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A Roundup of Red Hat Revelations from KubeCon+CloudNativeCon

So much Red Hat news has been coming out of the KubeCon + CloudNativeCon EU 2020 Virtual event this week that it has been hard to keep up. We reported earlier on the spotlight announcements around its dev tools for Kubernetes. But that was just the tip of the iceberg. The IBM subsidiary has had a busy week!

Here's a roundup of Red Hat's other big revelations from the show:

OpenShift 4.5 Gets Virtualization Platform
Red Hat's enormously popular packaged distribution of the open-source Kubernetes container management and orchestration system gets an upgrade that includes a new virtualization platform.

OpenShift 4.5, announced this week, includes OpenShift Virtualization, a new platform feature that enables IT organizations to bring standard VM-based workloads to Kubernetes, helping eliminate the workflow and development silos that typically exist between traditional and cloud-native application stacks. Virtual machines can now coexist side-by-side with cloud-native services and containers on Kubernetes simultaneously, either for to be rebuilt as a container image or to simply make workflows more efficient, Red Hat said in a statement. OpenShift 4.5 also introduces full-stack automation for VMware vSphere deployments, making it "push-button" easy to deploy OpenShift on top of all currently supported vSphere environments.

Advanced Cluster Management for Kubernetes Goes GA
The advanced cluster management capability, now generally available, was designed to help organizations more effectively scale OpenShift deployments via unified Kubernetes management.

Built specifically for a cloud-native world, the cluster management toolset supports containerized application deployments across multiple clusters, whether an organization is just beginning to explore cloud-native computing or they are running next-generation workloads in production, Red Hat says. Advanced Cluster Management for Kubernetes "meets organizations where they are on their containerization journey," from container proofs-of-concepts to containerized production deployments, with tools to more effectively manage multiple Kubernetes clusters and enforce security policies and governance controls. The toolset also provides a single control plane, which aims to eliminate the fragmented tools that can be required to manage Kubernetes across the hybrid cloud.

New Edge-Computing Support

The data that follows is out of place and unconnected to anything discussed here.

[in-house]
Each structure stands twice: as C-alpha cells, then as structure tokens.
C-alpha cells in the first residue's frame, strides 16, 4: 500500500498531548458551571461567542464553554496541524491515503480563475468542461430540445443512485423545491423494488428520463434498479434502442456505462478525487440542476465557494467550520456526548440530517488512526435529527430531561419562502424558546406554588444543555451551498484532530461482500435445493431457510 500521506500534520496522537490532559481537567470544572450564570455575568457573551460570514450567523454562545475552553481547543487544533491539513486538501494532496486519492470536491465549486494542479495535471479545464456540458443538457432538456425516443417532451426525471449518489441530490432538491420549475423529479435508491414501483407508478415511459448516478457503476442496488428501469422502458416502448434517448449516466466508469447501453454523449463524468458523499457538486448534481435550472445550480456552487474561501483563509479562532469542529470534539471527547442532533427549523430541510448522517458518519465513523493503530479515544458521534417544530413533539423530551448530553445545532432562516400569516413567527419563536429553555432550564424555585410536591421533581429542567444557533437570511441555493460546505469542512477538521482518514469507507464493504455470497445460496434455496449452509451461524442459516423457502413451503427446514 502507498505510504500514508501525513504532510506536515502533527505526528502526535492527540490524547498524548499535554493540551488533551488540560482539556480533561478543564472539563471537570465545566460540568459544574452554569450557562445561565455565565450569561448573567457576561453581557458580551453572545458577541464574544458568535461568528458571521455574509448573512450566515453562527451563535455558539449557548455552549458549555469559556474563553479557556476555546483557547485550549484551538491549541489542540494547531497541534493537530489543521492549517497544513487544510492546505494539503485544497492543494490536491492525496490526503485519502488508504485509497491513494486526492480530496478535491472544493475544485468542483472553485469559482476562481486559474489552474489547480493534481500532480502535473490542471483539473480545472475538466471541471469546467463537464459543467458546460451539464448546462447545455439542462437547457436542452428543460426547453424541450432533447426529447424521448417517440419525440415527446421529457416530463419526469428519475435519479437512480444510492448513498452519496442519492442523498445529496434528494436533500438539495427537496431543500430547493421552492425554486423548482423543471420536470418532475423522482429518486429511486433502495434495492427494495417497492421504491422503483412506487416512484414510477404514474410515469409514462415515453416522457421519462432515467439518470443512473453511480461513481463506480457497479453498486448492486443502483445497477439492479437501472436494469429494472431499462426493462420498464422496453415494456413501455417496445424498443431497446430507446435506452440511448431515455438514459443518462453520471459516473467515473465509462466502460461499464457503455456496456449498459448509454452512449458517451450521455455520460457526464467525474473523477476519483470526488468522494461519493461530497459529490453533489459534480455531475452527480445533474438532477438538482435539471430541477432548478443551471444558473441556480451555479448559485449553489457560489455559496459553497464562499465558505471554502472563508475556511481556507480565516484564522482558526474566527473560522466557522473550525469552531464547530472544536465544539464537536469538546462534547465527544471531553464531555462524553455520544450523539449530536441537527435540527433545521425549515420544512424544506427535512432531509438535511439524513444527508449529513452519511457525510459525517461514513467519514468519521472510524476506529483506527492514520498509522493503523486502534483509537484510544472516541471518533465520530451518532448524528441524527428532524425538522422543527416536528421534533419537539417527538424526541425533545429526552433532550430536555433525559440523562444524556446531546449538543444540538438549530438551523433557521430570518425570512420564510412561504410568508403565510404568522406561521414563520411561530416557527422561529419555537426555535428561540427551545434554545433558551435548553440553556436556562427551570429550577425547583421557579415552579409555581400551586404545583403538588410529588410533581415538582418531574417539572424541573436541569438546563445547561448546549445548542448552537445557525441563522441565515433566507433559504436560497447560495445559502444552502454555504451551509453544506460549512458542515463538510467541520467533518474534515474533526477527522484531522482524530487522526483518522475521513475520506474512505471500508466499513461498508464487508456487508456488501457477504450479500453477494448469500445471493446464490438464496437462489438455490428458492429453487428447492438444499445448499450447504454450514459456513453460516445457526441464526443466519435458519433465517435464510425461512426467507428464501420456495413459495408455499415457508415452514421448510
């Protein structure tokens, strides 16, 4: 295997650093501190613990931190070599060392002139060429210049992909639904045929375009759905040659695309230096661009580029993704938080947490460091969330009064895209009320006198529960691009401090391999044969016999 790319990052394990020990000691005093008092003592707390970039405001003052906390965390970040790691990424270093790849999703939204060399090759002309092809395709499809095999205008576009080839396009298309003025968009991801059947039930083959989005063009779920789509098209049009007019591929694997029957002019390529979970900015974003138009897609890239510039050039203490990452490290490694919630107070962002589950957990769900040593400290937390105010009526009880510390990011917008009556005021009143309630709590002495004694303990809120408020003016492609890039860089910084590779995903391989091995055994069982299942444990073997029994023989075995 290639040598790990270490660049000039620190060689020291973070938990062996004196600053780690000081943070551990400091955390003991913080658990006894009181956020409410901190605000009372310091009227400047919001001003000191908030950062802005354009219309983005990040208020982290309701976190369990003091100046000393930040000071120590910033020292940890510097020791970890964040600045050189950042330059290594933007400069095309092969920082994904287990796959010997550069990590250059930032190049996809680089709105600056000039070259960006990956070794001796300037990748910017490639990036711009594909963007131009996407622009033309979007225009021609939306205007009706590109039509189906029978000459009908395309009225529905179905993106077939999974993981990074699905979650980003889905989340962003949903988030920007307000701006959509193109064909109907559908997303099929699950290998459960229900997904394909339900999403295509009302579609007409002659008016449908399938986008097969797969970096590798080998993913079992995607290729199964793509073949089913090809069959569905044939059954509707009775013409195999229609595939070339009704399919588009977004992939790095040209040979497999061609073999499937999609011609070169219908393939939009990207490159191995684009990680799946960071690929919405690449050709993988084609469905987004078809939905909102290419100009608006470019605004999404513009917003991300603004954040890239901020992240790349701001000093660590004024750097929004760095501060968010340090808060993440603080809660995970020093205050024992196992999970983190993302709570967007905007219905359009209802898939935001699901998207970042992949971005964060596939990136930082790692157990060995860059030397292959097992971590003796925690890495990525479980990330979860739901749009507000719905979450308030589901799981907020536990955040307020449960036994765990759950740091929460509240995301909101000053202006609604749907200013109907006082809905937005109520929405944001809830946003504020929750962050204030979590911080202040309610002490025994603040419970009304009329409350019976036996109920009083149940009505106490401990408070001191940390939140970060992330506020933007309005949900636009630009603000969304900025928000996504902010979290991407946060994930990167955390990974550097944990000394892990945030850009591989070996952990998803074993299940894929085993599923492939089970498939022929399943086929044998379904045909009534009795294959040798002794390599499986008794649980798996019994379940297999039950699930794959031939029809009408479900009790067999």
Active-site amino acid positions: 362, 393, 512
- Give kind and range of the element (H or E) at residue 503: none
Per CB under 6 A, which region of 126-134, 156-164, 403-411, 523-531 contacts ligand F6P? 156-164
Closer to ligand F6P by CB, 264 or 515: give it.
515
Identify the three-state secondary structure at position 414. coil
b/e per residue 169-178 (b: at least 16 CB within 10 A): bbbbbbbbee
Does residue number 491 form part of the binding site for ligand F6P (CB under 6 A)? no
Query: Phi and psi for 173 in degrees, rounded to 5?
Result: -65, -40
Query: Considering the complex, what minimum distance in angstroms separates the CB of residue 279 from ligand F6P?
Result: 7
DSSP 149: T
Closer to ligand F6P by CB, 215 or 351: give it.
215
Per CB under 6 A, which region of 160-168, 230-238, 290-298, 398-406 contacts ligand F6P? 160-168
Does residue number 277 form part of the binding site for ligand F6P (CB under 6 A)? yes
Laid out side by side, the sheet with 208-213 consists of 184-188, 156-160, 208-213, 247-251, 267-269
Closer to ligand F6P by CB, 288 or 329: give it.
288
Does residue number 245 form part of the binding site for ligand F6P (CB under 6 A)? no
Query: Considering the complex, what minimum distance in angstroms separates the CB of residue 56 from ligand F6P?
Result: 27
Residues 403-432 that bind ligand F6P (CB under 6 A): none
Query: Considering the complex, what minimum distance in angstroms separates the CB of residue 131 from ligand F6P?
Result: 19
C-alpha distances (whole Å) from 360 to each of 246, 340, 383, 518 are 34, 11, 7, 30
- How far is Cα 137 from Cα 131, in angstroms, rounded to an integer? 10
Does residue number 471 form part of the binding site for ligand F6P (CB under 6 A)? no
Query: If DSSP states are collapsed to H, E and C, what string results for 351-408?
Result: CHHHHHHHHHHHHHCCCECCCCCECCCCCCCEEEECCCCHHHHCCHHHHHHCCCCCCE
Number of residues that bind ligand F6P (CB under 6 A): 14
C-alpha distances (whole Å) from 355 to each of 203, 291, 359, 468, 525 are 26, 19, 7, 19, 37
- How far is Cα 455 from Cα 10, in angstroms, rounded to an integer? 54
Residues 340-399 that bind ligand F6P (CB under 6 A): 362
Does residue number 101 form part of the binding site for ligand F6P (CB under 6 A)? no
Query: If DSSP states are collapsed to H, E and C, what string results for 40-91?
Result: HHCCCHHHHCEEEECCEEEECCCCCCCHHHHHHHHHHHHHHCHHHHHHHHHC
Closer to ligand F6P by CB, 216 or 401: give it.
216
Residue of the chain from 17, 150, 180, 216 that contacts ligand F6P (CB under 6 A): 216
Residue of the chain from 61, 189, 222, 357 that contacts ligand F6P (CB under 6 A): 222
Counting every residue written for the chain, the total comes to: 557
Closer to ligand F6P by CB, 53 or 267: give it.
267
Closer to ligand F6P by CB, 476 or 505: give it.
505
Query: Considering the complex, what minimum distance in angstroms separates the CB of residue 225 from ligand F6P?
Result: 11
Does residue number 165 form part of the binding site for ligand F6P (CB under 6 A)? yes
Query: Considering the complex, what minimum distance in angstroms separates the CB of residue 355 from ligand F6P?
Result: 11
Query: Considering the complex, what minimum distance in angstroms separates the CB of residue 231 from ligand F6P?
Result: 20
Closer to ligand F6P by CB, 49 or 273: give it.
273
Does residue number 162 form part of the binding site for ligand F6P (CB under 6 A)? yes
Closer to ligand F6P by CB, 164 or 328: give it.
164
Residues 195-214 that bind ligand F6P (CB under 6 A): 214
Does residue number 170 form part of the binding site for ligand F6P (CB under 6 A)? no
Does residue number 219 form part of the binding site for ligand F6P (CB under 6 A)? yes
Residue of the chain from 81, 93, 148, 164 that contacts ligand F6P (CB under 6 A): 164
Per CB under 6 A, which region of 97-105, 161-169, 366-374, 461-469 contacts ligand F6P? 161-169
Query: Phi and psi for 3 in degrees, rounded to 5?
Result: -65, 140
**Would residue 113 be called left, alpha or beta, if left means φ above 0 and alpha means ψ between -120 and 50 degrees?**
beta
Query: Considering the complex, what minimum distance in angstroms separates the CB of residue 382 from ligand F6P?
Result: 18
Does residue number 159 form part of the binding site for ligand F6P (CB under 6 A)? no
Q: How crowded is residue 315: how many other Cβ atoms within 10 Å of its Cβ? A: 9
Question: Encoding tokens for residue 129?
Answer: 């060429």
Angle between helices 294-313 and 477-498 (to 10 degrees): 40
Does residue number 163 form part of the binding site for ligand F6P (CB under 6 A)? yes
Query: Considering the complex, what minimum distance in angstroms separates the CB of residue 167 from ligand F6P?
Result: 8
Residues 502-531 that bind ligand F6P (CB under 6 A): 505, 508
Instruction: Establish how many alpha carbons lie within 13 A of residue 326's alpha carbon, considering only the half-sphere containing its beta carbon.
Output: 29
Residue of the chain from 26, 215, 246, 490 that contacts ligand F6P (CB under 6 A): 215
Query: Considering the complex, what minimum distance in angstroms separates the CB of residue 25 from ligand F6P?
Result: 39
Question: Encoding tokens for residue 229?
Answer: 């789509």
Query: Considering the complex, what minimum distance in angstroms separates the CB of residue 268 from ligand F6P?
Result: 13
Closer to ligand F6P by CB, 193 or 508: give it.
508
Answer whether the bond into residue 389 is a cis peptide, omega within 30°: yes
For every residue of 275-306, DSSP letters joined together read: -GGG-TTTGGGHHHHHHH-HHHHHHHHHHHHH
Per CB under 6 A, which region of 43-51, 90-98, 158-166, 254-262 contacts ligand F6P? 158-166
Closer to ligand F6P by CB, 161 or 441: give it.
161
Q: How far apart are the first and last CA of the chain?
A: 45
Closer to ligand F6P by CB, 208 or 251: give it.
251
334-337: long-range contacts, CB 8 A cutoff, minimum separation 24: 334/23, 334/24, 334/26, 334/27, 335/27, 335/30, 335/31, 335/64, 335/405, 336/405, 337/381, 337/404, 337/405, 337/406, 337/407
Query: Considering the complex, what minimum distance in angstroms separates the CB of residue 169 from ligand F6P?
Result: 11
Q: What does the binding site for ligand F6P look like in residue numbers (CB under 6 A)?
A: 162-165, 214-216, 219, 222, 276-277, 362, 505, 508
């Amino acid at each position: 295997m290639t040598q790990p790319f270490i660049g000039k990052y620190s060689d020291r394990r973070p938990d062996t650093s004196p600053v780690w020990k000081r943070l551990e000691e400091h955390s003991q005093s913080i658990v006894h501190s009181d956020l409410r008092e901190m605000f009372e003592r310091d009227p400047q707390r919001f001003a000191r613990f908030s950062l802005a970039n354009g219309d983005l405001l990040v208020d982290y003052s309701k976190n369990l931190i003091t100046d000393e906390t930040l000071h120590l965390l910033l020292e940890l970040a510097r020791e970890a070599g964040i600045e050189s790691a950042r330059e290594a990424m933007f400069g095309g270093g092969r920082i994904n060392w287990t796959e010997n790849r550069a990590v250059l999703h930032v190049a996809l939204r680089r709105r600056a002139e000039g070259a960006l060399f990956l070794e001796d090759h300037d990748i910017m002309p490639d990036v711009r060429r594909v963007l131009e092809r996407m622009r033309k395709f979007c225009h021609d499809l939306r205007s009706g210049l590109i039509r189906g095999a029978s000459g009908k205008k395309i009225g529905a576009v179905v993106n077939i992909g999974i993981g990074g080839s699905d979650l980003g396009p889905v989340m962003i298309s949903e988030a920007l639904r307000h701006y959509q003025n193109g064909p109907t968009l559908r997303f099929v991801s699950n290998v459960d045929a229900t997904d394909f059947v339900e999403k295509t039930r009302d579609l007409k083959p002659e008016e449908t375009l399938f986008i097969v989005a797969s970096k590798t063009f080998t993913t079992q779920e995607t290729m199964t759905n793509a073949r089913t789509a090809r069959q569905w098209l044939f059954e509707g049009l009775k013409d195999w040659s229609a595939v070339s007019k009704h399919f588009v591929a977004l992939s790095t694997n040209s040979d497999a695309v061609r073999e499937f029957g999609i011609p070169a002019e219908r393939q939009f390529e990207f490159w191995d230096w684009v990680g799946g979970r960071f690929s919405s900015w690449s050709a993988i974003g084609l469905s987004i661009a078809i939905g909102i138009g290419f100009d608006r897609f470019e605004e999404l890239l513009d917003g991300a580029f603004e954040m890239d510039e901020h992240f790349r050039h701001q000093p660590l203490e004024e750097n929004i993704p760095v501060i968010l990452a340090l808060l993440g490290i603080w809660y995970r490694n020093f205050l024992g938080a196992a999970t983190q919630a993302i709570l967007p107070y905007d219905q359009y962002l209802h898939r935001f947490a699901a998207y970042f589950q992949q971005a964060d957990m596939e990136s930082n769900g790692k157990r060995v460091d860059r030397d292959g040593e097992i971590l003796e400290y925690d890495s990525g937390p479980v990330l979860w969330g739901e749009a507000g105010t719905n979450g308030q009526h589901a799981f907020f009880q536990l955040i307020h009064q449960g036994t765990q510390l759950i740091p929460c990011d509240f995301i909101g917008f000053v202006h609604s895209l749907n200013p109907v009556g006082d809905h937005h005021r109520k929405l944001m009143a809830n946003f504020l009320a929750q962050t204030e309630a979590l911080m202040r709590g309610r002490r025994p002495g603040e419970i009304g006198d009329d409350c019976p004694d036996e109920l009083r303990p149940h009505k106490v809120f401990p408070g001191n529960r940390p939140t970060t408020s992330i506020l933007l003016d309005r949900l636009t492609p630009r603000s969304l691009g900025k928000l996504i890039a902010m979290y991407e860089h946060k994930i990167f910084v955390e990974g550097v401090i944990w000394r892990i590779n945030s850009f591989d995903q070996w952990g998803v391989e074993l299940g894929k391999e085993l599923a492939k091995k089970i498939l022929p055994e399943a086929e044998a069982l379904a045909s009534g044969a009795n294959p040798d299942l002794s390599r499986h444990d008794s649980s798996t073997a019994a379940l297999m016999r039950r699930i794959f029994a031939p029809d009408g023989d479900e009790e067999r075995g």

Red Hat also announced the addition of new capabilities and technologies to its hybrid cloud portfolio designed to support enterprise-grade edge computing, starting with OpenShift.

Red Hat OpenShift now supports three-node clusters, scaling down the size of Kubernetes deployments without compromising on capabilities, and making it better suited for space-constrained edge sites. The Advanced Cluster Management for Kubernetes tools provides management for thousands of edge sites along with core locations via a single, consistent view across the hybrid cloud, which managing scaled out-edge architectures as straightforward as traditional datacenters, Red Hat says.

Red Hat Joins Intuit on Argo Project
The two company's announced that they will be collaborating on Argo CD, a declarative continuous delivery tool for Kubernetes deployments. If it works as planned, the tool will make it easier to manage configurations, definitions, and environments for both Kubernetes itself and the applications it hosts using Git as the source of truth.

Argo CD, which was open sourced by Intuit in January 2018, is also an incubation-level project within the Cloud Native Computing Foundation (CNCF) and is currently deployed in production by many companies, including Electronic Arts, Major League Baseball, Tesla, and Ticketmaster.

Red Hat, a long-time leader in the open-source community, will help to drive the contributor base and engage with a broader open source ecosystem, the company's said. Red Hat also intends to work to integrate Argo's GitOps capabilities into future versions of OpenShift, which would provide a more developer-centric way of controlling Kubernetes infrastructure and applications.

Posted by John K. Waters on August 20, 2020